Gaining Business with the New Word-of-Mouth

“The oldest form of marketing – word-of-mouth – with the newest form of technology.” Marc Pritchard, P&G.
While this could be said of all social media platforms, Mr. Pritchard’s quote more directly aligns with one outlet, the one that is the busiest, and noisiest, of them all – Twitter. In 140 characters or less, the platform that many liken to a Town Hall can most certainly get loud – chock full of news reports, motivational quotes, punchlines, and spam. With all the commotion, businesses big and small wonder how they can get their voice heard among the headlines neatly packaged in succinct clips of verbiage.
The answer: your followers.
Notice that I didn’t say the number of followers that you attain. Simply, your followers.
The amount of followers that you have, in all reality, means nothing. You could have 500 followers that follow just for the sake of following, with no interest in what you have to say or sell, who don’t interact directly with you or with the rest of the community. Or, you could have 5 followers, each of whom have a legitimate interest in your business and in your brand, who engage, question, and share your information with the rest of this noisy society. The big picture here is that you want to have followers of value, who in turn value you – your brand, your product, and the content that you are putting out.
How do individuals share on Twitter? The retweet.
A Twitter marketing strategy shouldn’t start right away with selling, promotions, and advertising. You need to first build a foundation by interacting, engaging, giving advice and feedback – in summary, you must be an active member of the community. Putting out high quality content, about your business and topics surrounding your business, will gain traction in the form of retweets.
This is then retweeted information, by followers of value, to their own followers. The Twitter version of ‘word-of-mouth’, as is the case here, then enables more eyes to see what you have to say, to familiarize themselves with your brand. And, yes, the more followers you have, the more retweets you’ll get. And so the domino effect begins as more retweets leads to additional readers, and, in turn, you guessed it…more retweets. The key is sharing content that is both of high quality and is engaging – this way the tweets aren’t just read and disregarded, but are read and retweeted, spreading the knowledge.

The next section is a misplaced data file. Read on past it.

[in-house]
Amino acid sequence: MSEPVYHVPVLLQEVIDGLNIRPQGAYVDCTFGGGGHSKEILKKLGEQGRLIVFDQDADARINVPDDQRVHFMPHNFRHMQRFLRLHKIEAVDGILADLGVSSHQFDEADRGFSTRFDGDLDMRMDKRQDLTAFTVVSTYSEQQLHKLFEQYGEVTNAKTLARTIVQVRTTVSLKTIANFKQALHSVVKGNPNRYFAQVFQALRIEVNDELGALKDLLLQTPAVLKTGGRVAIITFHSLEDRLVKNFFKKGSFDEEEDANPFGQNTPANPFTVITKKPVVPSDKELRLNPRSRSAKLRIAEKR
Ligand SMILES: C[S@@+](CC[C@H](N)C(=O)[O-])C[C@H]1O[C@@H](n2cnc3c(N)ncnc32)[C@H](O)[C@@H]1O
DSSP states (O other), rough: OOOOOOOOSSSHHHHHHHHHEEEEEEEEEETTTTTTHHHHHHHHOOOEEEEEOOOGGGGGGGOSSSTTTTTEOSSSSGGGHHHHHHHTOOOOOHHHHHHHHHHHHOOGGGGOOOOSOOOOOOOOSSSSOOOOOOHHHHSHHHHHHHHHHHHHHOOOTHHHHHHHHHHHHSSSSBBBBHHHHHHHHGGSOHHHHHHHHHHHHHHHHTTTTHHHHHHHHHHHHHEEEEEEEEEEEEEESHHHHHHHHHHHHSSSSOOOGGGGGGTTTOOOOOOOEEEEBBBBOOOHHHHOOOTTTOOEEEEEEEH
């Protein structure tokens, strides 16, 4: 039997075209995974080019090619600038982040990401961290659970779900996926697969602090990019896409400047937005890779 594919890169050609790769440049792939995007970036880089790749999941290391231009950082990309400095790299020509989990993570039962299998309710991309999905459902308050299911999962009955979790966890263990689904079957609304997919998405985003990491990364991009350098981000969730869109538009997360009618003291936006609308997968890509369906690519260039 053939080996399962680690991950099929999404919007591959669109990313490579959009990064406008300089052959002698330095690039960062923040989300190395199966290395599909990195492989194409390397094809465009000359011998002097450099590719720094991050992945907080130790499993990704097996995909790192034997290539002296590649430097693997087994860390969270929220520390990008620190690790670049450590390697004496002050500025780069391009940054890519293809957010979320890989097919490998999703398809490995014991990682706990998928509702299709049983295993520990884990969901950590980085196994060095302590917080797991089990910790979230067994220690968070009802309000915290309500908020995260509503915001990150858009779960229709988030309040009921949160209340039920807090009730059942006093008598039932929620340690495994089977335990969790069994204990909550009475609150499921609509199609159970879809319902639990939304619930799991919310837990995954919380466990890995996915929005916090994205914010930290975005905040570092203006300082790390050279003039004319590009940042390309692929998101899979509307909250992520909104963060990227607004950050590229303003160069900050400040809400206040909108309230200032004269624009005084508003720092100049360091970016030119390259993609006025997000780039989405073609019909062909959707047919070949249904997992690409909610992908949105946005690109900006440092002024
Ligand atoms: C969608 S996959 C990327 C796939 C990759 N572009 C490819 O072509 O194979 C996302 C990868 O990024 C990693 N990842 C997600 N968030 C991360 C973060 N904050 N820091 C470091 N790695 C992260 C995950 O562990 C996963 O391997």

Twitter users want to read content that is of interest, we all do, be it online or offline. 15 years ago, the conversation in the work place around the water cooler was, “Hey did you read that article in Sunday’s paper?” Now, the equivalent of spreading that knowledge is a click of the retweet symbol. As more and more followers retweet your content, more and more people will know what your company and your brand…it’s not just about dollars and cents outright, Twitter is first and foremost about brand awareness and consumer (albeit potential) loyalty.
As you work to boost awareness and loyalty on the platform, you will notice that, over time, your sales are steadily improving. No one will buy from you based off of only one of your tweets, no matter how creative it is – they will instead follow you, read and retweet your content, and get to know you. Then, when it then comes time for them to buy a product that you sell, they will make that purchase from you.
In summary, (1) the more followers you have the more retweets you’ll get, (2) the more retweets your tweet gets leads to additional followers and more retweets, which then turns to (3) brand awareness and and Twitter user loyalty, which, in time, (4) turns into sales. It’s called SOCIAL media for a reason…be social. Be patient, but be persistent, and always be social – build relationships, chat, talk – and, in time, others will have a reason to be social about you.